Texas grape growers have talked about the problem of early spring freezes in the vineyards for several years. If the plants are awakened and ready for spring, they begin to produce buds. If a hard and long enough freeze happens, then these buds can be killed causing a loss of crop for the year. There has also always been a problem at times with freezing weather in late fall or during the winter, but “winter kill” as they sometimes call it has not been a major problem until this last season.
Normally we enjoy the moisture from the winter cold or snow such as this photo shows from February of this year. You can see more photos from time here. But the vines need to be dormant or “sleeping” for them to not be damaged by the cold weather.
Last year on October 31, 2019 there was freezing weather that caused a large amount of crop loss for High Plains grape growers. Vines that have been weakened by drought, insect injury, disease, chemical drift, or mechanical injury to the trunk or roots, will be more susceptible to this type of cold weather. The effect is much the same as the COVID virus on people with underlying health conditions. The underlying health of the vine is a factor in how much damage freezing weather will cause to the plant.
Shelly Wilfong, host of ThisisTexasWine.com podcast, discussed this with Daniel Pate on a recent podcast.
You will want to check out her web site and hear more of Shelly’s podcasts. The interview that she had with Jessica Duprey was enlightening to hear Jessica’s view on what “Texas” on the label should mean for Texas wines. Jessica has her own vineyard, so she has learned how hard it is to grow wine grapes. We do appreciate both Jessica and Shelly for their stories about Texas wine for all of us to enjoy.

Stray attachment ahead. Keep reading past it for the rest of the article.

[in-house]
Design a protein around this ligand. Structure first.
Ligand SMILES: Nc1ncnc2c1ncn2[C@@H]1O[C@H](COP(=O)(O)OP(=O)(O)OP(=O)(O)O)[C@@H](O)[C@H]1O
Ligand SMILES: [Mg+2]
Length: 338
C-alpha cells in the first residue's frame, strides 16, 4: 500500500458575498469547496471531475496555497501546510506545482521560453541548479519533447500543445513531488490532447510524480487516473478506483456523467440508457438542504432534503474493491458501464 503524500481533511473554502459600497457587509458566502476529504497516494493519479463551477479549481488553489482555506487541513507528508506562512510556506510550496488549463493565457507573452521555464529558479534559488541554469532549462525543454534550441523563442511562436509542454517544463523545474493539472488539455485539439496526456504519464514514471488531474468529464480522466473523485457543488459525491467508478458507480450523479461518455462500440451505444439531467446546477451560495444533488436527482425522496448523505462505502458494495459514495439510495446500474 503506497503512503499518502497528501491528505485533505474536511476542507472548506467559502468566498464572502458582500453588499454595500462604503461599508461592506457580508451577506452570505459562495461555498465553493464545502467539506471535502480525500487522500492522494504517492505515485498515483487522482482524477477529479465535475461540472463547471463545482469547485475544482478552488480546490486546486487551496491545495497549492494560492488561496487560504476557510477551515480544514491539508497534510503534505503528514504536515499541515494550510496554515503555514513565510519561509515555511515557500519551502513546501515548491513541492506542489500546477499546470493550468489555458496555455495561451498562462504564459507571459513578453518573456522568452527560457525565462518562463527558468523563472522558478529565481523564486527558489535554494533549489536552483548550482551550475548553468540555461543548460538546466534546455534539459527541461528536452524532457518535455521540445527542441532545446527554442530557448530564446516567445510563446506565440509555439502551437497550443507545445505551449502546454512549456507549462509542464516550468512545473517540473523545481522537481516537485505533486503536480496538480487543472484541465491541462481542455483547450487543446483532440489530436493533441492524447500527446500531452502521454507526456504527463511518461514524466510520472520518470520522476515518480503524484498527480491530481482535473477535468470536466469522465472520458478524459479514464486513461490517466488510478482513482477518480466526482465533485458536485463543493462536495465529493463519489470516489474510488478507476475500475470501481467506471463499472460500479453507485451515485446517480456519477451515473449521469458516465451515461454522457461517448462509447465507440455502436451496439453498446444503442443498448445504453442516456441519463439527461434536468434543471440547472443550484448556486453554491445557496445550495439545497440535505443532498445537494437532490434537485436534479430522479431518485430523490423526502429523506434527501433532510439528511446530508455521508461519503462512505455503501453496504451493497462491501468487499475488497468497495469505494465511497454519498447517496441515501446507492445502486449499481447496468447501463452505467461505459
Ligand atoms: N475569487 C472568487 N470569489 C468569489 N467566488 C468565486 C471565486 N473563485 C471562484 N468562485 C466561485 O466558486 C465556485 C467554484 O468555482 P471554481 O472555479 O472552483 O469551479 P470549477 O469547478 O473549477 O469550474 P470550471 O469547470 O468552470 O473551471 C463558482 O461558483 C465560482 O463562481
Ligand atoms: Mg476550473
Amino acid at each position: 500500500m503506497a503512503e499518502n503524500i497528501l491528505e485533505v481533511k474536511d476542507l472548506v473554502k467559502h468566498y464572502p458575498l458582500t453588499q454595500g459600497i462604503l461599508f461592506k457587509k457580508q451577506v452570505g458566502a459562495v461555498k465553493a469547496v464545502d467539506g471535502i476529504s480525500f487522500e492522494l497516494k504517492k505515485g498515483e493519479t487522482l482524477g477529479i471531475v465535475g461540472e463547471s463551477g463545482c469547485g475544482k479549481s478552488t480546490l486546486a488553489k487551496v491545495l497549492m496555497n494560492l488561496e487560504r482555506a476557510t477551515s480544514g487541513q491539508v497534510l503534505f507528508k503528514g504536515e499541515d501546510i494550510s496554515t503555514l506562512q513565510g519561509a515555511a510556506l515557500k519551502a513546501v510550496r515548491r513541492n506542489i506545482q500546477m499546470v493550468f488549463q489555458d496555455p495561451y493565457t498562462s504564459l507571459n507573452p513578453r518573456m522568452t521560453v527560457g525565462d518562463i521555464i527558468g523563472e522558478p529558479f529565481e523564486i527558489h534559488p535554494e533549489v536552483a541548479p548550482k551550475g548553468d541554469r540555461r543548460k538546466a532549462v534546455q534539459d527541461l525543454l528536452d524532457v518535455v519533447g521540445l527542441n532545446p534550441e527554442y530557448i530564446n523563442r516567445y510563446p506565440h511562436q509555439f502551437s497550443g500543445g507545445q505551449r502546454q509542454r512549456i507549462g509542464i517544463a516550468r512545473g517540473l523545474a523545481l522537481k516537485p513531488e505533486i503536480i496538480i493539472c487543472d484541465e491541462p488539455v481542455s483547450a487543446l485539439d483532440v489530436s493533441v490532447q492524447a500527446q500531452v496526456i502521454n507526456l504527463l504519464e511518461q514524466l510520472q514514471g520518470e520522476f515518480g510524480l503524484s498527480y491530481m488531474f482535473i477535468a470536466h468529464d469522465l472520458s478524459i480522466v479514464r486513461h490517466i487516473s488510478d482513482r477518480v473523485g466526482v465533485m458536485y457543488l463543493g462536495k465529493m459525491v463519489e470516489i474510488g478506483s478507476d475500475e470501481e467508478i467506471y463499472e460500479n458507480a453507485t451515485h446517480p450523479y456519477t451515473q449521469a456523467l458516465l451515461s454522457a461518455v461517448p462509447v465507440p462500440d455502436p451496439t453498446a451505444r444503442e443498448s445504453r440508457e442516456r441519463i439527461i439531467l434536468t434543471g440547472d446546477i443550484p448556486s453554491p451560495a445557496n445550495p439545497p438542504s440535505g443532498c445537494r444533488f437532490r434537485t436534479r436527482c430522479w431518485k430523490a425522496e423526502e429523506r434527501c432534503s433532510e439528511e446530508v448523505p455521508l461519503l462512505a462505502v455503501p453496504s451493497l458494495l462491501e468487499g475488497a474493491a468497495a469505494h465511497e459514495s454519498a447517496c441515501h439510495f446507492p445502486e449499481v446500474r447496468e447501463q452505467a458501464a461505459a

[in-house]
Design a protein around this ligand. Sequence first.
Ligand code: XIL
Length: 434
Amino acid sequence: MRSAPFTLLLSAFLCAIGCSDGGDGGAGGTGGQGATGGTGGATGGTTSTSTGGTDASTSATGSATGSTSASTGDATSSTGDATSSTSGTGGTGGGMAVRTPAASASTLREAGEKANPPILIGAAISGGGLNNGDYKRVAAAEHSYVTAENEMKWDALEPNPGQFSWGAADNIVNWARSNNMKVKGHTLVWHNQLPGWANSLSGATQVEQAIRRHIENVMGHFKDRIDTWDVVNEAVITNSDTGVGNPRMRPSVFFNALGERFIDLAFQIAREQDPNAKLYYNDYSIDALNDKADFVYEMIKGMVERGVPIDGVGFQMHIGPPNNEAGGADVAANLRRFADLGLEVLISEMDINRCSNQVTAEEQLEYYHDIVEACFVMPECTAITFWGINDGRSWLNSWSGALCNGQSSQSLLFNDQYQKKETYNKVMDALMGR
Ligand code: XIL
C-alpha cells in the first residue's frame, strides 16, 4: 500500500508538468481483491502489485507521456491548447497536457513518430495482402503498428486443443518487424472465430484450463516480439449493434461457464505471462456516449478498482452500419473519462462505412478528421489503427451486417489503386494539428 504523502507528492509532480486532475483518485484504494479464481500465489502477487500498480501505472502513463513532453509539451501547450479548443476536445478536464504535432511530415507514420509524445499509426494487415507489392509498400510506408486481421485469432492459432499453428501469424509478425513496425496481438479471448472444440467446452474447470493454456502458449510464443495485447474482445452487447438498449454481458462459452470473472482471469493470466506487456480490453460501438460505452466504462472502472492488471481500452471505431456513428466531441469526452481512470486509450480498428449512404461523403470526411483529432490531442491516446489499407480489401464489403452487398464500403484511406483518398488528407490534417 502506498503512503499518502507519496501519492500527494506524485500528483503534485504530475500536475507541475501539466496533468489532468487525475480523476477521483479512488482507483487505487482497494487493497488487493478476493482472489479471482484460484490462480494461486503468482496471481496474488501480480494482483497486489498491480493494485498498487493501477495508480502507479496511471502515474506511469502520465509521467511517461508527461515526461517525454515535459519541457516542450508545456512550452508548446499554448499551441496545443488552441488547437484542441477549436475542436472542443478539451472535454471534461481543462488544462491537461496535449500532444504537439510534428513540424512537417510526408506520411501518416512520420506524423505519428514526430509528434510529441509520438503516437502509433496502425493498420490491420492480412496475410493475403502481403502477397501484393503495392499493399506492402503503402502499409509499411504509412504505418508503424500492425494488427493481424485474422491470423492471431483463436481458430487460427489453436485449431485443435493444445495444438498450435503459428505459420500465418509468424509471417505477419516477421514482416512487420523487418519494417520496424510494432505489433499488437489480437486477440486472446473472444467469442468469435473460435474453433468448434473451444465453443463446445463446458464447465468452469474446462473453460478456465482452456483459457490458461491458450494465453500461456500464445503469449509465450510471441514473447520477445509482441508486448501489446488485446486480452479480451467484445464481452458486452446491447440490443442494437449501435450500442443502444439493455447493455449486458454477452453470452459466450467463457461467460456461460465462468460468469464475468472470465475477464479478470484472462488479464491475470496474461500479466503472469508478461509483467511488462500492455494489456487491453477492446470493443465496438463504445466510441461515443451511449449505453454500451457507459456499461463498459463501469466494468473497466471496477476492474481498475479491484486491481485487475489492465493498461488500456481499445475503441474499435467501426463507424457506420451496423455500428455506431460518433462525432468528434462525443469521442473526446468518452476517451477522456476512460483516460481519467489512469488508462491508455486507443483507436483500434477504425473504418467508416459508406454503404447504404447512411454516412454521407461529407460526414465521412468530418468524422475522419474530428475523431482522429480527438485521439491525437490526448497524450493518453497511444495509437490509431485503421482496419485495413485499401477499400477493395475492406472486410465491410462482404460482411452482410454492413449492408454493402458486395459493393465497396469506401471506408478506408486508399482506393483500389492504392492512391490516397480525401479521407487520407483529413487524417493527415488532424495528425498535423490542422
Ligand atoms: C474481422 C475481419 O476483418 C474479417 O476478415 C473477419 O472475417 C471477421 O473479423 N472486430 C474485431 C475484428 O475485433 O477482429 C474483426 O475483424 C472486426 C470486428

We are now retraining and working with our vines to overcome damage that was caused last year. Then on October 26th through the 28th last month, we had freezing weather in the vineyards. One very good aspect about that weather event was the moisture. The moisture creates a protective layer for the vines as well as giving much needed moisture back to the soil.
Our fields for organic row crops are so dry this year that we will not be doing much deep breaking (or plowing) of the fields during the winter to destroy weeds because of lack of moisture in the soil. But we are preparing the fields as we are looking forward to planting hemp again.
Back to checking on the vineyards, our Dirt Farmer, Cliff, has been out in the vineyards cutting vines and looking for life. So what does that look like? It looks … green.
Do you see green? Yes! Yea! That is what we hope for. Signs of life. Cliff did not find much of any damage in the vines from this last freeze. This freeze will actually help develop the cold hardiness of the vines for the rest of the winter.
We hope and pray for all vines and people that we can make it through this winter freezes and the COVID virus.